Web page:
+447537176010 Lines open Monday to Friday 9AM to 10PM, Saturday 9AM TO 6PM (GMT) for the processing and remittance of your Winnings. Also be informed that 5% of your Winning belongs to finance Securities, because they are the promotion company. You are expected to be in our UK Office to claim and sign your fund legalization documents and collect your winning cheque. If you are unable to travel to the UK, a diplomatic home delivery and Insurance fee will be paid by you to our accredited diplomatic Agent in UK or United States of America, before your winning certified Cashiers’ Cheque will be delivered to you at your home address. Consequently a Telegraphic Wire transfer could also be made directly into your bank account depending how convenient it is for you; however you must be responsible for the cost of Transfer. This is the responsibility of the winner.
Finally all winning must be claimed not later than May/30/2021. After this date, the entire Fund will be returned to the Ministry of Economy as unclaimed funds. Furthermore should there be any change of your personal details or address, do inform your claims agent as soon as possible.

YOURS SINCERELY
Mr.Ben Gibson
promotion manager
(EU) UK branch.

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Types of malicious emails:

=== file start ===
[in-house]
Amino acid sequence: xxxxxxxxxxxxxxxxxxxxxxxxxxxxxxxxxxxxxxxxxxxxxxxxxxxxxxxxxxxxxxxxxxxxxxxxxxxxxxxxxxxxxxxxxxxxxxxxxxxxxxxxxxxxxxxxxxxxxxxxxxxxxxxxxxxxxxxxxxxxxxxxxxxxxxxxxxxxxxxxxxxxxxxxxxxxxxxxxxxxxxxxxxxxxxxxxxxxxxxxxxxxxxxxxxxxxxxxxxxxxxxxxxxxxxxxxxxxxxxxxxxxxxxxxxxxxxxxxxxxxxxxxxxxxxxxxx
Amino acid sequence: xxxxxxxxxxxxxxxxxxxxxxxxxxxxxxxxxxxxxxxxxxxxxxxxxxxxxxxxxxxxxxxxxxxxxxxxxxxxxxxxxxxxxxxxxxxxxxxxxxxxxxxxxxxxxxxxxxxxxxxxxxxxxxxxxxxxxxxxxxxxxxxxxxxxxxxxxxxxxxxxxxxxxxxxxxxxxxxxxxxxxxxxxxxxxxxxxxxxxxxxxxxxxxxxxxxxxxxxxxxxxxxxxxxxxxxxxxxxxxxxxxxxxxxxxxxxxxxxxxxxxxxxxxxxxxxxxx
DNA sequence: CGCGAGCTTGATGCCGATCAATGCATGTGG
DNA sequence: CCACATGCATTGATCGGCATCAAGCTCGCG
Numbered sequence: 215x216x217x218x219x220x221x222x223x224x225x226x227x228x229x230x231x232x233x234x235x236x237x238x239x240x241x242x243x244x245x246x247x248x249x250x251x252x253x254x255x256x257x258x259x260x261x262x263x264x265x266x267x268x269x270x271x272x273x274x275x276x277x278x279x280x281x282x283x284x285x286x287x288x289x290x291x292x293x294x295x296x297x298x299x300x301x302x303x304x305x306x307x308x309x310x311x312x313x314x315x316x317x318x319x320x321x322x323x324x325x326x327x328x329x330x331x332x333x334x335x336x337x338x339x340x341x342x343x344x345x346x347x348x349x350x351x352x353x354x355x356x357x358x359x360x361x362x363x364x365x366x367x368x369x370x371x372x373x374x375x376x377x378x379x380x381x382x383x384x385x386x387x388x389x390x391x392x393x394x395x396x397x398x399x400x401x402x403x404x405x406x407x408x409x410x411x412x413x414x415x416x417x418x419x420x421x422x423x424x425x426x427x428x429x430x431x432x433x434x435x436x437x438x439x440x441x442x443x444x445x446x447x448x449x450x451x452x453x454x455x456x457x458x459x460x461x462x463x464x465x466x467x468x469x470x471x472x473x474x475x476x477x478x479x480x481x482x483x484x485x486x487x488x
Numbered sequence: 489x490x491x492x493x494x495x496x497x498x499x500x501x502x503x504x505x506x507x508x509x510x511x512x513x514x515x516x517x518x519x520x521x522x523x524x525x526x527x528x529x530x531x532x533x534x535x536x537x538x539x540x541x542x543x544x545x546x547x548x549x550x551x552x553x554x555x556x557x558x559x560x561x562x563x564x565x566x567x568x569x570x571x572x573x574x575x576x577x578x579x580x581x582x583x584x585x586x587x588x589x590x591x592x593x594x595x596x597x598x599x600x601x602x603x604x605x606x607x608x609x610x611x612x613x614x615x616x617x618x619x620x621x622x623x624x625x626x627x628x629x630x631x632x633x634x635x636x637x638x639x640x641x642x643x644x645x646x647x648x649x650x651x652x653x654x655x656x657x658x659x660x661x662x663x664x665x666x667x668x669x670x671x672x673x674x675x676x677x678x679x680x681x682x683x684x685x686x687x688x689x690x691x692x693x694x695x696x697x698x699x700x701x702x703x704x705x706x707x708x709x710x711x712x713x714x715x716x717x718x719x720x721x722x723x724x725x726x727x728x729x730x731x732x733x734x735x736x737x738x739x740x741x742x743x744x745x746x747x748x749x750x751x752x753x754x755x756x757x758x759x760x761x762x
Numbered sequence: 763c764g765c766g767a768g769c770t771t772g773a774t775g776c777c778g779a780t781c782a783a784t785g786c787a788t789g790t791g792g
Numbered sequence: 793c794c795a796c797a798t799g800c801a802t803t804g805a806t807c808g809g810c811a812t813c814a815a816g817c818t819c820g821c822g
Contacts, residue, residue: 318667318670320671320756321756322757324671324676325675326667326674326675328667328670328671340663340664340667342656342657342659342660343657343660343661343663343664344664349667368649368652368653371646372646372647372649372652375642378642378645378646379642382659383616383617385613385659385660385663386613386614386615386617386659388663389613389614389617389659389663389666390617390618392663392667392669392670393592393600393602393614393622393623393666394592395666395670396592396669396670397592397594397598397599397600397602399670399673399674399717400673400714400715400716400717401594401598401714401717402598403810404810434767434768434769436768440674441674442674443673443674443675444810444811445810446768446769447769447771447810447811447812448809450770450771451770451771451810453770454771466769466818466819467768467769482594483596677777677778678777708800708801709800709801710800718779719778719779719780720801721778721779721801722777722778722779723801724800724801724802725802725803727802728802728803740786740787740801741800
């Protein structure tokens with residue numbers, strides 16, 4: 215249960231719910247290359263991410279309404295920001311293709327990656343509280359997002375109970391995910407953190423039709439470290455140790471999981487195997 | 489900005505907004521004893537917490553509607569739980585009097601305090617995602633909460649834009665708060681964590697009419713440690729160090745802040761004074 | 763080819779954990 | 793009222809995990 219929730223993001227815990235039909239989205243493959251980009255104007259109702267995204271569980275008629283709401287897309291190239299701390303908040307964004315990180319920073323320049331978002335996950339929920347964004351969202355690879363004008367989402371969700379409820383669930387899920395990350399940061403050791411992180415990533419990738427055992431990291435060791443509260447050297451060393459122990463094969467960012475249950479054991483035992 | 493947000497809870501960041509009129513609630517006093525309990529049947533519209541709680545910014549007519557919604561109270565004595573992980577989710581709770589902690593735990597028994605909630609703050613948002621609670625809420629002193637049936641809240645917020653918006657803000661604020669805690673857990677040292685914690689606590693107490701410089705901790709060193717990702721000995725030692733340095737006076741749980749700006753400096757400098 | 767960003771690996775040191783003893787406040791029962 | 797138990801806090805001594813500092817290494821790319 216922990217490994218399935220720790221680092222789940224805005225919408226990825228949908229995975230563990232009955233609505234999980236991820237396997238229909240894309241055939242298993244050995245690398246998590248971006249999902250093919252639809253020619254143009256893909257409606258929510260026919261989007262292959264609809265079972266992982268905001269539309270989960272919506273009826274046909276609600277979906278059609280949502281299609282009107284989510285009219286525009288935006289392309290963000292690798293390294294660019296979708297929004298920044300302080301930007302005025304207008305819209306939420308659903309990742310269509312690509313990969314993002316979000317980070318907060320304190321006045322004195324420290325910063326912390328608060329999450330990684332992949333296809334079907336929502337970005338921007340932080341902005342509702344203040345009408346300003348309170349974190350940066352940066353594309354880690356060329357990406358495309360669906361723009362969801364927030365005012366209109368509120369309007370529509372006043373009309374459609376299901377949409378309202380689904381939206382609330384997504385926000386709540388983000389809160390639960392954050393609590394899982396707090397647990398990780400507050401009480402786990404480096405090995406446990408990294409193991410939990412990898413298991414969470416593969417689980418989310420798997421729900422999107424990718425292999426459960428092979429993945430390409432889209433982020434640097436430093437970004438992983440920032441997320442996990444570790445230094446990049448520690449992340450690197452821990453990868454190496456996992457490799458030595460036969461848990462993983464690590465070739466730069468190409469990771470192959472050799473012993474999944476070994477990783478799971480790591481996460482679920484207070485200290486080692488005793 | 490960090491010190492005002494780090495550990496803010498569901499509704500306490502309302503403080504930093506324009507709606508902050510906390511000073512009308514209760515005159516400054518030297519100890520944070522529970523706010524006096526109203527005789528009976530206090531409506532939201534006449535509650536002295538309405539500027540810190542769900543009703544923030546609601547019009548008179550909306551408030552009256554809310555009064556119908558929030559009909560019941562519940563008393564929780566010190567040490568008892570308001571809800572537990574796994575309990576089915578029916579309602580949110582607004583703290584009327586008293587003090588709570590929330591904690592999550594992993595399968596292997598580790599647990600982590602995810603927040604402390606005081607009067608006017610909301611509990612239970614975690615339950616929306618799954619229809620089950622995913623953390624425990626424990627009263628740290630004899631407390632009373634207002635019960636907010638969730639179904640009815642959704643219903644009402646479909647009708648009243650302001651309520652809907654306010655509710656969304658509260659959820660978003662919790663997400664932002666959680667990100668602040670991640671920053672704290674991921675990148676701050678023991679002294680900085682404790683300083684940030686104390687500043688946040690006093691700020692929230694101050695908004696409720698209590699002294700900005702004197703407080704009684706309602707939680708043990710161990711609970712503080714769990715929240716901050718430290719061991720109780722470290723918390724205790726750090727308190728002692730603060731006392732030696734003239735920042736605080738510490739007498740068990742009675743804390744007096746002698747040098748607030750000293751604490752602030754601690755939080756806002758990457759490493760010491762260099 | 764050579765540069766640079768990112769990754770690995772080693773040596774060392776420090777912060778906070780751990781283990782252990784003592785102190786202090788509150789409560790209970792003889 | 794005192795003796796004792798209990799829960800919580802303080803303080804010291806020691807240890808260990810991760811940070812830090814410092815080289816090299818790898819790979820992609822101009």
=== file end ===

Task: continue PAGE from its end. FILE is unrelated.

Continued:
Phishing email icon Phishing Emails

Most commonly, cybercriminals use deceptive emails to trick Internet users into giving away their sensitive private information, for example, login information for various online services, email accounts, or online banking information.

Such attacks are called phishing. In a phishing attack, cybercriminals usually send an email message with some popular service logo (for example, Microsoft, DHL, Amazon, Netflix), create urgency (wrong shipping address, expired password, etc.), and place a link which they hope their potential victims will click on.

After clicking the link presented in such email message, victims are redirected to a fake website that looks identical or extremely similar to the original one. Victims are then asked to enter their password, credit card details, or some other information that gets stolen by cybercriminals.

Email-virus icon Emails with Malicious Attachments

Another popular attack vector is email spam with malicious attachments that infect users' computers with malware. Malicious attachments usually carry trojans that are capable of stealing passwords, banking information, and other sensitive information.

In such attacks, cybercriminals' main goal is to trick their potential victims into opening an infected email attachment. To achieve this goal, email messages usually talk about recently received invoices, faxes, or voice messages.

If a potential victim falls for the lure and opens the attachment, their computers get infected, and cybercriminals can collect a lot of sensitive information.

While it's a more complicated method to steal personal information (spam filters and antivirus programs usually detect such attempts), if successful, cybercriminals can get a much wider array of data and can collect information for a long period of time.

Sextortion email icon Sextortion Emails

This is a type of phishing. In this case, users receive an email claiming that a cybercriminal could access the webcam of the potential victim and has a video recording of one's masturbation.

To get rid of the video, victims are asked to pay a ransom (usually using Bitcoin or another cryptocurrency). Nevertheless, all of these claims are false - users who receive such emails should ignore and delete them.

How to spot a malicious email?